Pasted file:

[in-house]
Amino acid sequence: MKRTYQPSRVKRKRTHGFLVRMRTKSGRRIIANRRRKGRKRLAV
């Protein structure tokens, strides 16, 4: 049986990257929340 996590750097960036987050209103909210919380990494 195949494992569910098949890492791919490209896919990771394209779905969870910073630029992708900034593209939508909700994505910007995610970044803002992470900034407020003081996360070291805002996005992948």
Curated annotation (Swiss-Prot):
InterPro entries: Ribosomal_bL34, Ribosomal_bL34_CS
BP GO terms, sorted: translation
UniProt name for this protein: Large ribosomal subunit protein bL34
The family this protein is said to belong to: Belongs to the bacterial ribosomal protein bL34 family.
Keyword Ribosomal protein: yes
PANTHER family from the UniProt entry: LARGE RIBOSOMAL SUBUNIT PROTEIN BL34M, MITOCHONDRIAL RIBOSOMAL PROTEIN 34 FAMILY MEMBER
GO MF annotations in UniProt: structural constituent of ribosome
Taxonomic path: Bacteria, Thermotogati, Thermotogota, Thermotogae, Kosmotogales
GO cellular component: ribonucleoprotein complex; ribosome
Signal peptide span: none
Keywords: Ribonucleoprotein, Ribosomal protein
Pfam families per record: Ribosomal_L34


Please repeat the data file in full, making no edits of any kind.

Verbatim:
[in-house]
Amino acid sequence: MKRTYQPSRVKRKRTHGFLVRMRTKSGRRIIANRRRKGRKRLAV
């Protein structure tokens, strides 16, 4: 049986990257929340 996590750097960036987050209103909210919380990494 195949494992569910098949890492791919490209896919990771394209779905969870910073630029992708900034593209939508909700994505910007995610970044803002992470900034407020003081996360070291805002996005992948």
Curated annotation (Swiss-Prot):
InterPro entries: Ribosomal_bL34, Ribosomal_bL34_CS
BP GO terms, sorted: translation
UniProt name for this protein: Large ribosomal subunit protein bL34
The family this protein is said to belong to: Belongs to the bacterial ribosomal protein bL34 family.
Keyword Ribosomal protein: yes
PANTHER family from the UniProt entry: LARGE RIBOSOMAL SUBUNIT PROTEIN BL34M, MITOCHONDRIAL RIBOSOMAL PROTEIN 34 FAMILY MEMBER
GO MF annotations in UniProt: structural constituent of ribosome
Taxonomic path: Bacteria, Thermotogati, Thermotogota, Thermotogae, Kosmotogales
GO cellular component: ribonucleoprotein complex; ribosome
Signal peptide span: none
Keywords: Ribonucleoprotein, Ribosomal protein
Pfam families per record: Ribosomal_L34